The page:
Unique Partnership to Save Baby Elephants

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Unique Partnership Brings Zoo Science and Community Experience Together to Save Elephant Babies

A team of animal health experts from San Diego Zoo Global recently spent time in Kenya working with the Reteti Elephant Sanctuary in the Namunyak community to enhance the medical care and animal husbandry capabilities of this facility. The elephant orphanage was recently founded in the area to care for young elephants brought to the conservancy for supportive care and rehabilitation.

“We take care of the elephants, and the elephants are taking care of us,” said Rimland Lemojong, a keeper at Reteti.

Located in the northernmost regions of the Northern Rangelands Trust (NRT) conservancy, the newly created orphanage was inundated this year with orphaned elephants. To assist with the challenge, a team from San Diego Zoo Global including veterinarians, clinical laboratory technicians, and nutritionists went to the region to bring equipment, supplies, and knowledge for setting up a basic veterinary clinical laboratory, to improve the survival rate of the elephants brought into the center.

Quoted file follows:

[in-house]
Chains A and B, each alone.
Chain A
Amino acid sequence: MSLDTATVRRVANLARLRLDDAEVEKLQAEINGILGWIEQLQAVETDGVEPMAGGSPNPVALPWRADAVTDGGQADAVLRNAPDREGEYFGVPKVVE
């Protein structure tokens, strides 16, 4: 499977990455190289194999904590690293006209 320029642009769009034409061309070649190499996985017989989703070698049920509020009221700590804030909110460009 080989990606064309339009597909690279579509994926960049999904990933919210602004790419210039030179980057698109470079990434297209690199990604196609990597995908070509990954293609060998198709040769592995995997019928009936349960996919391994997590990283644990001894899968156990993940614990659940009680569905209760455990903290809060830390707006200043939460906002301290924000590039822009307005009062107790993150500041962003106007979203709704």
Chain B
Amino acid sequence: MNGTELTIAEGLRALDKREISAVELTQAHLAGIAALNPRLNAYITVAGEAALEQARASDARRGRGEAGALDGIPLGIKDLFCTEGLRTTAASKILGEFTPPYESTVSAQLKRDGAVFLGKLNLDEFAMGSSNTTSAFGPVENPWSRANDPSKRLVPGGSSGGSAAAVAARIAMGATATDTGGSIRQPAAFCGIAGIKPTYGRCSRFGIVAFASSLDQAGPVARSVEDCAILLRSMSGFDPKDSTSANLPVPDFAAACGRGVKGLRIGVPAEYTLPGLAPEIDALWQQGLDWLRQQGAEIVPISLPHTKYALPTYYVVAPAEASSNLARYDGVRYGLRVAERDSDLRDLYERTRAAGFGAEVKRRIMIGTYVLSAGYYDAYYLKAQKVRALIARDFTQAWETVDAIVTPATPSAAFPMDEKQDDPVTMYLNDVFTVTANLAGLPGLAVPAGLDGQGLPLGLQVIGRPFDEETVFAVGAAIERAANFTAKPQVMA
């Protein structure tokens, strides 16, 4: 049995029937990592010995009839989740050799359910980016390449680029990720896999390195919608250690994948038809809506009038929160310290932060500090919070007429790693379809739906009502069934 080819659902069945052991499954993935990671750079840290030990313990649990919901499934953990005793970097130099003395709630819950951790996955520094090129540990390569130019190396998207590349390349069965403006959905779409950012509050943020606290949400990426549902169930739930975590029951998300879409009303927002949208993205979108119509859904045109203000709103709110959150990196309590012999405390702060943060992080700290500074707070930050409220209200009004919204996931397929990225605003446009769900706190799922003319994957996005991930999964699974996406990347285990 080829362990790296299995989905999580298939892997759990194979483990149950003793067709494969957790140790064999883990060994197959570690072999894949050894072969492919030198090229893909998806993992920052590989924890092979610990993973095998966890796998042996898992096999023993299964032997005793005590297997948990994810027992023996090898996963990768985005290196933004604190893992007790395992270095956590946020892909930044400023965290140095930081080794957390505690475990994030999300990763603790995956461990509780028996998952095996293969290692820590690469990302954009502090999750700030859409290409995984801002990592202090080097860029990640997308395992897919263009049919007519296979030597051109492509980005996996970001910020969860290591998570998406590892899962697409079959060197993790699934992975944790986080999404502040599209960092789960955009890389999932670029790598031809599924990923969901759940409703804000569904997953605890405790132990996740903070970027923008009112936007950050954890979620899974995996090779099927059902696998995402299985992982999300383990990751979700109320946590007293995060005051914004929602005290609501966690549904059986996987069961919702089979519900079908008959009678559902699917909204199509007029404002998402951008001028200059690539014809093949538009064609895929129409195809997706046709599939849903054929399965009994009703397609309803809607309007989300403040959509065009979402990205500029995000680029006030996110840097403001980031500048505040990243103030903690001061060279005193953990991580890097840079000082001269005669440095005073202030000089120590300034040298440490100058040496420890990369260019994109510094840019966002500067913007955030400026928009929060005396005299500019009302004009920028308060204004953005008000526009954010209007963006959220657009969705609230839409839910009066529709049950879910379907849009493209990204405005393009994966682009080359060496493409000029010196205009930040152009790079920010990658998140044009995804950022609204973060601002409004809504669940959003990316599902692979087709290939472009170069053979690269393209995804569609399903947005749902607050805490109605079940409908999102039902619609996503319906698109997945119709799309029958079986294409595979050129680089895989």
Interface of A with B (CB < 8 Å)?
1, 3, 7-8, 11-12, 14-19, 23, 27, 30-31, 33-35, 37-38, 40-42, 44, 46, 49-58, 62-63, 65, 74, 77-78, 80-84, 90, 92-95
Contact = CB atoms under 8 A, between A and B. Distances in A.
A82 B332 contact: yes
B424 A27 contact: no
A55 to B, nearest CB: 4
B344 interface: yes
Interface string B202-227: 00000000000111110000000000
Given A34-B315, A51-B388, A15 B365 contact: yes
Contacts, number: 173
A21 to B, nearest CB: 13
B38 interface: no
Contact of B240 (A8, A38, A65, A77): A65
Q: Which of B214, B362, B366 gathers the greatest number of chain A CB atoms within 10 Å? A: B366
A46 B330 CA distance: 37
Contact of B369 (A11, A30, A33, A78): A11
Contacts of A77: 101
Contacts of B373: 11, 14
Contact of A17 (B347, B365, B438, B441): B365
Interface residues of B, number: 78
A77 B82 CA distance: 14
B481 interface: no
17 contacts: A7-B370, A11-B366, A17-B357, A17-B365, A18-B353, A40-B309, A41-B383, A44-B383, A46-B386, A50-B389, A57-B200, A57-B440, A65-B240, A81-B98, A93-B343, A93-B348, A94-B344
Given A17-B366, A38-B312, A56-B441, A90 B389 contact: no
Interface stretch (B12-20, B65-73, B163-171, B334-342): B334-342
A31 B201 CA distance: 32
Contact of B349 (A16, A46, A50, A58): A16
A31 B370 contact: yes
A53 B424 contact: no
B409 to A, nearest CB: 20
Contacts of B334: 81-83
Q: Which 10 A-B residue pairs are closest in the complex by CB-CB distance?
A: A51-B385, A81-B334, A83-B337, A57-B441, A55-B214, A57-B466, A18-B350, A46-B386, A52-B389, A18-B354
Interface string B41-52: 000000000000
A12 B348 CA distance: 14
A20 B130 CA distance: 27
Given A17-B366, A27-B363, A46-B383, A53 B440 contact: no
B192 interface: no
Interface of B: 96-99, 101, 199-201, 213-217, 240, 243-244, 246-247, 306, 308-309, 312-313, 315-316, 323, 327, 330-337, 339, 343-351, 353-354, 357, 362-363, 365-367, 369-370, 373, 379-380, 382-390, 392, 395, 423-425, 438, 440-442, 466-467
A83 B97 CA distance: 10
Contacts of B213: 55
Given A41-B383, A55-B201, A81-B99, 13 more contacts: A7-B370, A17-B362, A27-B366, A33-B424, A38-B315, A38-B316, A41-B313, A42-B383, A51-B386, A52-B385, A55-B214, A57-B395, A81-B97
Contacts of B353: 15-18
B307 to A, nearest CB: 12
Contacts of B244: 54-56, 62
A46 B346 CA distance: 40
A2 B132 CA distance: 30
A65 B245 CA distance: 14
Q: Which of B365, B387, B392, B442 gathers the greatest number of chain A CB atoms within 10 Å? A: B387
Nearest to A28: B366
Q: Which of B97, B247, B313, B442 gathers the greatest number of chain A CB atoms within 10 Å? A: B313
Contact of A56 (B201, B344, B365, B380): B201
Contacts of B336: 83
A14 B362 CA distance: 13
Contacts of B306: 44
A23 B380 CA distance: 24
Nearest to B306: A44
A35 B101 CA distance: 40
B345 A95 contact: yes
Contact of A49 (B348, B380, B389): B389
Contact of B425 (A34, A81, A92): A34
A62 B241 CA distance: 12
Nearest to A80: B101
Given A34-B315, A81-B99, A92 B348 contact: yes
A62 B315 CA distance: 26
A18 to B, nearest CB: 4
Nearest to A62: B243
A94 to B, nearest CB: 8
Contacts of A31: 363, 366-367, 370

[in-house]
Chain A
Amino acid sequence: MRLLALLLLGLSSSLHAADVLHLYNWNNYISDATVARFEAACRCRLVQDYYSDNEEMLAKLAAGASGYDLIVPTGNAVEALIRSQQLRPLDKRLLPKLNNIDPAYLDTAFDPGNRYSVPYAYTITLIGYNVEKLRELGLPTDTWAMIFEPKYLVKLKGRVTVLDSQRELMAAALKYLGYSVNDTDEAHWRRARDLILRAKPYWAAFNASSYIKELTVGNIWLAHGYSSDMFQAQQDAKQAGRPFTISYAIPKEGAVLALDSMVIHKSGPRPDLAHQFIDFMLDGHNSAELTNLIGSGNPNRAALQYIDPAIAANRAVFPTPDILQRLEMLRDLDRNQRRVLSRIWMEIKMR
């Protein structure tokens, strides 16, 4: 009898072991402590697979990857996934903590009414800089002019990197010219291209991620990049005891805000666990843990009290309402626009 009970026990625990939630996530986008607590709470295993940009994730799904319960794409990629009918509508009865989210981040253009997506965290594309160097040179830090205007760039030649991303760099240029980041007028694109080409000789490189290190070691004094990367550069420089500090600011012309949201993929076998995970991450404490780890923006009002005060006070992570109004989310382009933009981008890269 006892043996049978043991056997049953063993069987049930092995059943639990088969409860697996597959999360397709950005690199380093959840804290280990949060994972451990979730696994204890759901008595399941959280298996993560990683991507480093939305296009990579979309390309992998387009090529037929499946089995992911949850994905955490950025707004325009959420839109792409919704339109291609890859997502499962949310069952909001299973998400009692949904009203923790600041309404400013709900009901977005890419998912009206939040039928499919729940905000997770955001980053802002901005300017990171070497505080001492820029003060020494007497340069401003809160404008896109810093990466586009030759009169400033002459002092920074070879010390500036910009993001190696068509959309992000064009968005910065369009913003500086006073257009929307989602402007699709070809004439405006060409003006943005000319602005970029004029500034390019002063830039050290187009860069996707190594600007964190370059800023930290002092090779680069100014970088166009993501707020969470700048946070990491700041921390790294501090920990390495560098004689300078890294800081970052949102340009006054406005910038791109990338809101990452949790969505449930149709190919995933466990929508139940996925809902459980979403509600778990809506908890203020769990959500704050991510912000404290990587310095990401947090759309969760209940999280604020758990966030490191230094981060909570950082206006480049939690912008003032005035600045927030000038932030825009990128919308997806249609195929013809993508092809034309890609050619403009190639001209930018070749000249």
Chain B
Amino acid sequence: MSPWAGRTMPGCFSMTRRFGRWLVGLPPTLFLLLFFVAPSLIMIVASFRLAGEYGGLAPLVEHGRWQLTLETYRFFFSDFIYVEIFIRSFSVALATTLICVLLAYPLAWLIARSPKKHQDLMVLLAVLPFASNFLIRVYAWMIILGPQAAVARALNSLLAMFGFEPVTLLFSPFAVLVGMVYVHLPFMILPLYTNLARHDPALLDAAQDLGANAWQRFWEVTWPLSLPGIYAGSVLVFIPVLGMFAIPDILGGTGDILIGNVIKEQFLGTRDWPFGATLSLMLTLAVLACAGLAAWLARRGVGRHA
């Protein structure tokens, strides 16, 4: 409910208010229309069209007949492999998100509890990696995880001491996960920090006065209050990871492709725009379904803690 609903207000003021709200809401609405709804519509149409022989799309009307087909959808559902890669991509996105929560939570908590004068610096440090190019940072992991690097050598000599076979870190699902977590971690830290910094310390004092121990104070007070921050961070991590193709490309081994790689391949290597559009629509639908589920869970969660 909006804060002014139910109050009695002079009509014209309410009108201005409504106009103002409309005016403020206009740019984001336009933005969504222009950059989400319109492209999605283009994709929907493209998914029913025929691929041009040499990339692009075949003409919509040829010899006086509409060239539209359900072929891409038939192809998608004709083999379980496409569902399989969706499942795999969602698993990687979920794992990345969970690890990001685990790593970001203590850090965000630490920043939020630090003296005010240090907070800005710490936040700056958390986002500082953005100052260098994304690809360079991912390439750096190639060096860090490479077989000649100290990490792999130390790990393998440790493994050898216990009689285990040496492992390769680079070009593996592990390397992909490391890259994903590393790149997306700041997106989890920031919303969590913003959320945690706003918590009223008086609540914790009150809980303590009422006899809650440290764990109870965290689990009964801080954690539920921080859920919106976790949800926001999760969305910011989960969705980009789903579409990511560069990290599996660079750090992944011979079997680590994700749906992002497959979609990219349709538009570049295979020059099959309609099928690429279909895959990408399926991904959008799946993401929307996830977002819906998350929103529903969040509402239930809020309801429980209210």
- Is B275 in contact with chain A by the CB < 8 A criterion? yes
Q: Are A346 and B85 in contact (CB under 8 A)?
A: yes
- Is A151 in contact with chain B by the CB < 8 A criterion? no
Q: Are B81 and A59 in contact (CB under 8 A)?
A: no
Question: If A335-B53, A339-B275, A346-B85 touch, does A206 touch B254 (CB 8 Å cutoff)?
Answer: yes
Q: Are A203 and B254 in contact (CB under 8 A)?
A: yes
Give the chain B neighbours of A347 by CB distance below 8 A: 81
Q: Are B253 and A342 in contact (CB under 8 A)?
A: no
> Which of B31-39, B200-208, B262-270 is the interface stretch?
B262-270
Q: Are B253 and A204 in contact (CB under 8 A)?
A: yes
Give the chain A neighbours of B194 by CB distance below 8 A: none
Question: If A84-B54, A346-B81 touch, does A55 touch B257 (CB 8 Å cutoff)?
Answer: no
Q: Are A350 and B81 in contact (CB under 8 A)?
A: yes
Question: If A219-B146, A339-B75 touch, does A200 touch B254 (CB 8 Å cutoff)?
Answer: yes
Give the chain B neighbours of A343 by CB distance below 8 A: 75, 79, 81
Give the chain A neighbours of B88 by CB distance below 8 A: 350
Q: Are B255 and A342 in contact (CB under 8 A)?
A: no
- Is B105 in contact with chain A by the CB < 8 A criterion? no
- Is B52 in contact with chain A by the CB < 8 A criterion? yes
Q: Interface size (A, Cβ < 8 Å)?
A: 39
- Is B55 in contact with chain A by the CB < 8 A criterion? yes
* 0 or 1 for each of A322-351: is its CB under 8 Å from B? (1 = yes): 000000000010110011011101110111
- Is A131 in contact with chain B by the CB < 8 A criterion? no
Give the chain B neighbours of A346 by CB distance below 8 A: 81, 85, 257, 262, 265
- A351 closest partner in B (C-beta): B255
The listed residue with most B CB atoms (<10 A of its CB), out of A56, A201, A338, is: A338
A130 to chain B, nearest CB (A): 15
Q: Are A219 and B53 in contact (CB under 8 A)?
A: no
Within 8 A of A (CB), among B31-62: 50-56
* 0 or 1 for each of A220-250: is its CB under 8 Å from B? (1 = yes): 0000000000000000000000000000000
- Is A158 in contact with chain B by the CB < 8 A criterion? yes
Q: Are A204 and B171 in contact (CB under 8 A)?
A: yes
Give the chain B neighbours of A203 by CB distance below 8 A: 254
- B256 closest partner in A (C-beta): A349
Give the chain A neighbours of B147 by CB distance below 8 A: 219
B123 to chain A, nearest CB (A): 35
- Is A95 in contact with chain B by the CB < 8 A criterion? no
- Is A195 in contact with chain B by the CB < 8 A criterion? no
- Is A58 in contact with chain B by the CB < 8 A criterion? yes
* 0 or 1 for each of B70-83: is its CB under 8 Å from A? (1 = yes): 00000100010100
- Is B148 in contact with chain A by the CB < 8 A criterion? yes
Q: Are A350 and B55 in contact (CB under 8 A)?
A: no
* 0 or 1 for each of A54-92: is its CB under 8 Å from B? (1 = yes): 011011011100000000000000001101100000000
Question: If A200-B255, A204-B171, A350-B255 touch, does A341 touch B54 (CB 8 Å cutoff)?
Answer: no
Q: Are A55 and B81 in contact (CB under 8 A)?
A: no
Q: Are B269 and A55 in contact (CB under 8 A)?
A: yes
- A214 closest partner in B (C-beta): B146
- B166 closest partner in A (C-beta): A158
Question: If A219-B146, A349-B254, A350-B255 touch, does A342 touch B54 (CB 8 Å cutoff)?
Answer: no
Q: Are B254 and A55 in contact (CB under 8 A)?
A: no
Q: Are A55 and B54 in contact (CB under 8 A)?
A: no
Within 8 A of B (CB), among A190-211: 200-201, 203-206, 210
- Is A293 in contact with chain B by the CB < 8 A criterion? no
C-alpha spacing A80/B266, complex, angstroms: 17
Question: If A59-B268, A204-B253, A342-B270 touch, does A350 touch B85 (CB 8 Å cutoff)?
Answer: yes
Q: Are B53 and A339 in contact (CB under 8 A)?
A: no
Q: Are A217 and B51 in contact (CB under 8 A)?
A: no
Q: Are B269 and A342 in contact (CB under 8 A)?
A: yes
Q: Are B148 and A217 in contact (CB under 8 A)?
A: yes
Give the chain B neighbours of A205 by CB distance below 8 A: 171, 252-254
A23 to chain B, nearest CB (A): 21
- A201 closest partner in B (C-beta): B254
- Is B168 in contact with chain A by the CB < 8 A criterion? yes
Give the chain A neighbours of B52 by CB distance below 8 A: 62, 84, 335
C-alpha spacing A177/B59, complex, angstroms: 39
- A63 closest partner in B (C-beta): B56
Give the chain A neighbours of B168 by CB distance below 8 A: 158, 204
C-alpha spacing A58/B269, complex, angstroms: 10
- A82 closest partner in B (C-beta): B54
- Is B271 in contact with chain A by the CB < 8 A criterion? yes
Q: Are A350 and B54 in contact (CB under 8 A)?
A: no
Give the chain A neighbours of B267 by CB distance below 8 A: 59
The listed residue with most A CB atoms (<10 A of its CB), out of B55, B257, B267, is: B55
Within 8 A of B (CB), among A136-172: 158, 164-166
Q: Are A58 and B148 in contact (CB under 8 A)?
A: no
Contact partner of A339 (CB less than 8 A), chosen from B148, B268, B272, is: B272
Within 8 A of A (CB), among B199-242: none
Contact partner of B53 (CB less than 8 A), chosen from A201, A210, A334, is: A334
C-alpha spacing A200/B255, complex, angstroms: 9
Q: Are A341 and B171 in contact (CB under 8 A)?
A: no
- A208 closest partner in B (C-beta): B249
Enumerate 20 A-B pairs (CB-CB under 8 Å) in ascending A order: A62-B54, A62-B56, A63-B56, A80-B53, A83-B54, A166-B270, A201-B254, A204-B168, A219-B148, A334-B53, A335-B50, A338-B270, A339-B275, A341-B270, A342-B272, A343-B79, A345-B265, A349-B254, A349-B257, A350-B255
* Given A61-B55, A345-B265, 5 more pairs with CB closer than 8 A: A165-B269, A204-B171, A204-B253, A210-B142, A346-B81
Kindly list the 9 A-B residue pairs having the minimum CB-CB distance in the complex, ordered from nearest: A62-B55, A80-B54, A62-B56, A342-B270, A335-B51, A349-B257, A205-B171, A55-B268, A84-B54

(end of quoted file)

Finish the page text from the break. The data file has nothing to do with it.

“Some young elephants are already extremely compromised when they arrive at the center,” said Nadine Lamberski, DVM, director of veterinary services, San Diego Zoo Global. “We were able to consult with the local Kenya Wildlife Services veterinarian and the caregivers at the center to develop procedures that will allow them to make more rapid diagnosis when an elephant is brought into their care.”

The orphanage at Reteti is run as part of the community-based programs of the Northern Rangelands Trust, drawing upon the experience of local community members to care for the young elephants being brought into the center. The center received more than a dozen youngsters this year—more than they had expected to care for—placing strain on the program and its resources.

“The community members working at the Reteti elephant orphanage are extremely dedicated animal caregivers,” said Carmi Penny, director of husbandry science, San Diego Zoo. “However the sudden influx of young elephants in need created a situation where they needed additional assistance. San Diego Zoo Global is proud of our long-term relationship with NRT and our ability to immediately respond to this need by sending out supplies and experienced personnel for consultation.”

In addition to the creation of a medical laboratory, the San Diego Zoo Global team also worked with Kenya Wildlife Services and Namunyuk Community personnel to train staff members in basic medical procedures and tests, and worked to evaluate formulas for the elephants at the center. You can help support wildlife by visiting endextinction.org.

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  1. Jan